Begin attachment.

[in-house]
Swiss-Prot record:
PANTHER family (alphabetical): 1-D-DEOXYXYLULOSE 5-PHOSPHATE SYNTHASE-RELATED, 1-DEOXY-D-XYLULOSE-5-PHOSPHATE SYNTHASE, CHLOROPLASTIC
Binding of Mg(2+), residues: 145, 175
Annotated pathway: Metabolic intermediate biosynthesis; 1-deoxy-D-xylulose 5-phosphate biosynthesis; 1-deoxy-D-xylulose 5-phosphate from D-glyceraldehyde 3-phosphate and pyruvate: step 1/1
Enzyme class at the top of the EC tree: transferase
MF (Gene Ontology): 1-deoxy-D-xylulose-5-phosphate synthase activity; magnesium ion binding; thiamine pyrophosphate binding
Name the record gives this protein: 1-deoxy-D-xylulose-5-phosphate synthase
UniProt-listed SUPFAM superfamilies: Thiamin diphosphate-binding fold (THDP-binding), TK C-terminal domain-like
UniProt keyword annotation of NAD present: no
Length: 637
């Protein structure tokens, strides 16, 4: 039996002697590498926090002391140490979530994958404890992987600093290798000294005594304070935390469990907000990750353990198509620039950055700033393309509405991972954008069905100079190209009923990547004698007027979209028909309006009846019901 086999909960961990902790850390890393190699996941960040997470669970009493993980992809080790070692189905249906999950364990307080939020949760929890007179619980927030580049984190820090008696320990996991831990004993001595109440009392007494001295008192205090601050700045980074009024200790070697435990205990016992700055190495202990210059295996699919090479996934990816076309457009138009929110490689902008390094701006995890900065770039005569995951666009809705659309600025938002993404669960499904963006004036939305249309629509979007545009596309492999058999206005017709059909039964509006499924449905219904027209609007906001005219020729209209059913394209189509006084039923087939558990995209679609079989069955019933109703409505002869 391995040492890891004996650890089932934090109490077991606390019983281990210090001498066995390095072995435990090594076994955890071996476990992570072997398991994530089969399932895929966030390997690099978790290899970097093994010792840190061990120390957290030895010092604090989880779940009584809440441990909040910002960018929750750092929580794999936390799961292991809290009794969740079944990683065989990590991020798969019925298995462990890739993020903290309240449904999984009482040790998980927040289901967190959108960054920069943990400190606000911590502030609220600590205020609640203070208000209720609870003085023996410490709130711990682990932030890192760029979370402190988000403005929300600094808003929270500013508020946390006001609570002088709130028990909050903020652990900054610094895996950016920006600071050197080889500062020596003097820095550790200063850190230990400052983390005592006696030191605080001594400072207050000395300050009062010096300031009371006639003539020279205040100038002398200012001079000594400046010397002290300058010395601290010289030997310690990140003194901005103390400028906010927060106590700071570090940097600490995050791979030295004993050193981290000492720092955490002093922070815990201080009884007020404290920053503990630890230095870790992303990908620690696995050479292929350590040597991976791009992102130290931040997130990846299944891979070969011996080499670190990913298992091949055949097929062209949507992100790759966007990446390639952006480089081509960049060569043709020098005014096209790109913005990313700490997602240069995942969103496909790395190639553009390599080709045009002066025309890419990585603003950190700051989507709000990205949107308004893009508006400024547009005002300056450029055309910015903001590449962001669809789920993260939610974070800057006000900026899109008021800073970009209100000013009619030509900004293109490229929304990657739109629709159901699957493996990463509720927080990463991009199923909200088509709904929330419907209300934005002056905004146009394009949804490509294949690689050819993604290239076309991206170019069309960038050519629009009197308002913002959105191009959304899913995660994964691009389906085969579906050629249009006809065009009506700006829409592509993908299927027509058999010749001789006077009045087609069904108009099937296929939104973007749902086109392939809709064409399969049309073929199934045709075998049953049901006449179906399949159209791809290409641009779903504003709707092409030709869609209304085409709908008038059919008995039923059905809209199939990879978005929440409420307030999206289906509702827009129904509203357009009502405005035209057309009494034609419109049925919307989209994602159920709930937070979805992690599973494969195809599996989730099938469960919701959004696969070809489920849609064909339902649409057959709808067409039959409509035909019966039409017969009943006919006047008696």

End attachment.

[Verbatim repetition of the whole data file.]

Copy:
[in-house]
Swiss-Prot record:
PANTHER family (alphabetical): 1-D-DEOXYXYLULOSE 5-PHOSPHATE SYNTHASE-RELATED, 1-DEOXY-D-XYLULOSE-5-PHOSPHATE SYNTHASE, CHLOROPLASTIC
Binding of Mg(2+), residues: 145, 175
Annotated pathway: Metabolic intermediate biosynthesis; 1-deoxy-D-xylulose 5-phosphate biosynthesis; 1-deoxy-D-xylulose 5-phosphate from D-glyceraldehyde 3-phosphate and pyruvate: step 1/1
Enzyme class at the top of the EC tree: transferase
MF (Gene Ontology): 1-deoxy-D-xylulose-5-phosphate synthase activity; magnesium ion binding; thiamine pyrophosphate binding
Name the record gives this protein: 1-deoxy-D-xylulose-5-phosphate synthase
UniProt-listed SUPFAM superfamilies: Thiamin diphosphate-binding fold (THDP-binding), TK C-terminal domain-like
UniProt keyword annotation of NAD present: no
Length: 637
């Protein structure tokens, strides 16, 4: 039996002697590498926090002391140490979530994958404890992987600093290798000294005594304070935390469990907000990750353990198509620039950055700033393309509405991972954008069905100079190209009923990547004698007027979209028909309006009846019901 086999909960961990902790850390890393190699996941960040997470669970009493993980992809080790070692189905249906999950364990307080939020949760929890007179619980927030580049984190820090008696320990996991831990004993001595109440009392007494001295008192205090601050700045980074009024200790070697435990205990016992700055190495202990210059295996699919090479996934990816076309457009138009929110490689902008390094701006995890900065770039005569995951666009809705659309600025938002993404669960499904963006004036939305249309629509979007545009596309492999058999206005017709059909039964509006499924449905219904027209609007906001005219020729209209059913394209189509006084039923087939558990995209679609079989069955019933109703409505002869 391995040492890891004996650890089932934090109490077991606390019983281990210090001498066995390095072995435990090594076994955890071996476990992570072997398991994530089969399932895929966030390997690099978790290899970097093994010792840190061990120390957290030895010092604090989880779940009584809440441990909040910002960018929750750092929580794999936390799961292991809290009794969740079944990683065989990590991020798969019925298995462990890739993020903290309240449904999984009482040790998980927040289901967190959108960054920069943990400190606000911590502030609220600590205020609640203070208000209720609870003085023996410490709130711990682990932030890192760029979370402190988000403005929300600094808003929270500013508020946390006001609570002088709130028990909050903020652990900054610094895996950016920006600071050197080889500062020596003097820095550790200063850190230990400052983390005592006696030191605080001594400072207050000395300050009062010096300031009371006639003539020279205040100038002398200012001079000594400046010397002290300058010395601290010289030997310690990140003194901005103390400028906010927060106590700071570090940097600490995050791979030295004993050193981290000492720092955490002093922070815990201080009884007020404290920053503990630890230095870790992303990908620690696995050479292929350590040597991976791009992102130290931040997130990846299944891979070969011996080499670190990913298992091949055949097929062209949507992100790759966007990446390639952006480089081509960049060569043709020098005014096209790109913005990313700490997602240069995942969103496909790395190639553009390599080709045009002066025309890419990585603003950190700051989507709000990205949107308004893009508006400024547009005002300056450029055309910015903001590449962001669809789920993260939610974070800057006000900026899109008021800073970009209100000013009619030509900004293109490229929304990657739109629709159901699957493996990463509720927080990463991009199923909200088509709904929330419907209300934005002056905004146009394009949804490509294949690689050819993604290239076309991206170019069309960038050519629009009197308002913002959105191009959304899913995660994964691009389906085969579906050629249009006809065009009506700006829409592509993908299927027509058999010749001789006077009045087609069904108009099937296929939104973007749902086109392939809709064409399969049309073929199934045709075998049953049901006449179906399949159209791809290409641009779903504003709707092409030709869609209304085409709908008038059919008995039923059905809209199939990879978005929440409420307030999206289906509702827009129904509203357009009502405005035209057309009494034609419109049925919307989209994602159920709930937070979805992690599973494969195809599996989730099938469960919701959004696969070809489920849609064909339902649409057959709808067409039959409509035909019966039409017969009943006919006047008696």